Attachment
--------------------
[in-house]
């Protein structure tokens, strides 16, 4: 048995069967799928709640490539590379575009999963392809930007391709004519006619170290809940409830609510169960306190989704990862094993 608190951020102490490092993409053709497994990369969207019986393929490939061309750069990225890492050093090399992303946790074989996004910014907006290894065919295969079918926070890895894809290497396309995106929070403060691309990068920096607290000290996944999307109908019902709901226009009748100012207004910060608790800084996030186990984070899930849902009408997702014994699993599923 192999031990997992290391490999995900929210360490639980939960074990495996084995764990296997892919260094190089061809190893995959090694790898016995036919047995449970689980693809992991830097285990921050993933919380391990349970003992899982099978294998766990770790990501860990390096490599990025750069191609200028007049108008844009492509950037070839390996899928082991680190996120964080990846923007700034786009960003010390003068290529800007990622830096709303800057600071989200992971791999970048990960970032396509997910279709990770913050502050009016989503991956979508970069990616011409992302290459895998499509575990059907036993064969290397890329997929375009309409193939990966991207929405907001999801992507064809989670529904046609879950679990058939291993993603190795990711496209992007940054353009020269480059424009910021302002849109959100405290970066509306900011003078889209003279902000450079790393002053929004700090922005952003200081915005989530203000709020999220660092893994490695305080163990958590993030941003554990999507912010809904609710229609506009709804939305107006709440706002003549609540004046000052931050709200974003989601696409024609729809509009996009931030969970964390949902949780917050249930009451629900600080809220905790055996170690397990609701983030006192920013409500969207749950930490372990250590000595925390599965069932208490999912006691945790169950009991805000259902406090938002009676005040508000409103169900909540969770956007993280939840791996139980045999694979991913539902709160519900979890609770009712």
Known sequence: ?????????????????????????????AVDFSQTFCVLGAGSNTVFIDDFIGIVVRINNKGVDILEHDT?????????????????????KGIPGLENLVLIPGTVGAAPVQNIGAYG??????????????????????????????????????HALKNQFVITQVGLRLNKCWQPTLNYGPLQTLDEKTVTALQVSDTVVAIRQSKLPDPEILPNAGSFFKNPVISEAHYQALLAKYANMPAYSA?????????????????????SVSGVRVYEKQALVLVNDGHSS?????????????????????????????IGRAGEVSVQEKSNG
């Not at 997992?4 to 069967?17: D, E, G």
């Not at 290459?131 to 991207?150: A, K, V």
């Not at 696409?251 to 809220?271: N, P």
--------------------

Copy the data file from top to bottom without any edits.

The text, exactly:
[in-house]
């Protein structure tokens, strides 16, 4: 048995069967799928709640490539590379575009999963392809930007391709004519006619170290809940409830609510169960306190989704990862094993 608190951020102490490092993409053709497994990369969207019986393929490939061309750069990225890492050093090399992303946790074989996004910014907006290894065919295969079918926070890895894809290497396309995106929070403060691309990068920096607290000290996944999307109908019902709901226009009748100012207004910060608790800084996030186990984070899930849902009408997702014994699993599923 192999031990997992290391490999995900929210360490639980939960074990495996084995764990296997892919260094190089061809190893995959090694790898016995036919047995449970689980693809992991830097285990921050993933919380391990349970003992899982099978294998766990770790990501860990390096490599990025750069191609200028007049108008844009492509950037070839390996899928082991680190996120964080990846923007700034786009960003010390003068290529800007990622830096709303800057600071989200992971791999970048990960970032396509997910279709990770913050502050009016989503991956979508970069990616011409992302290459895998499509575990059907036993064969290397890329997929375009309409193939990966991207929405907001999801992507064809989670529904046609879950679990058939291993993603190795990711496209992007940054353009020269480059424009910021302002849109959100405290970066509306900011003078889209003279902000450079790393002053929004700090922005952003200081915005989530203000709020999220660092893994490695305080163990958590993030941003554990999507912010809904609710229609506009709804939305107006709440706002003549609540004046000052931050709200974003989601696409024609729809509009996009931030969970964390949902949780917050249930009451629900600080809220905790055996170690397990609701983030006192920013409500969207749950930490372990250590000595925390599965069932208490999912006691945790169950009991805000259902406090938002009676005040508000409103169900909540969770956007993280939840791996139980045999694979991913539902709160519900979890609770009712």
Known sequence: ?????????????????????????????AVDFSQTFCVLGAGSNTVFIDDFIGIVVRINNKGVDILEHDT?????????????????????KGIPGLENLVLIPGTVGAAPVQNIGAYG??????????????????????????????????????HALKNQFVITQVGLRLNKCWQPTLNYGPLQTLDEKTVTALQVSDTVVAIRQSKLPDPEILPNAGSFFKNPVISEAHYQALLAKYANMPAYSA?????????????????????SVSGVRVYEKQALVLVNDGHSS?????????????????????????????IGRAGEVSVQEKSNG
């Not at 997992?4 to 069967?17: D, E, G």
């Not at 290459?131 to 991207?150: A, K, V």
């Not at 696409?251 to 809220?271: N, P």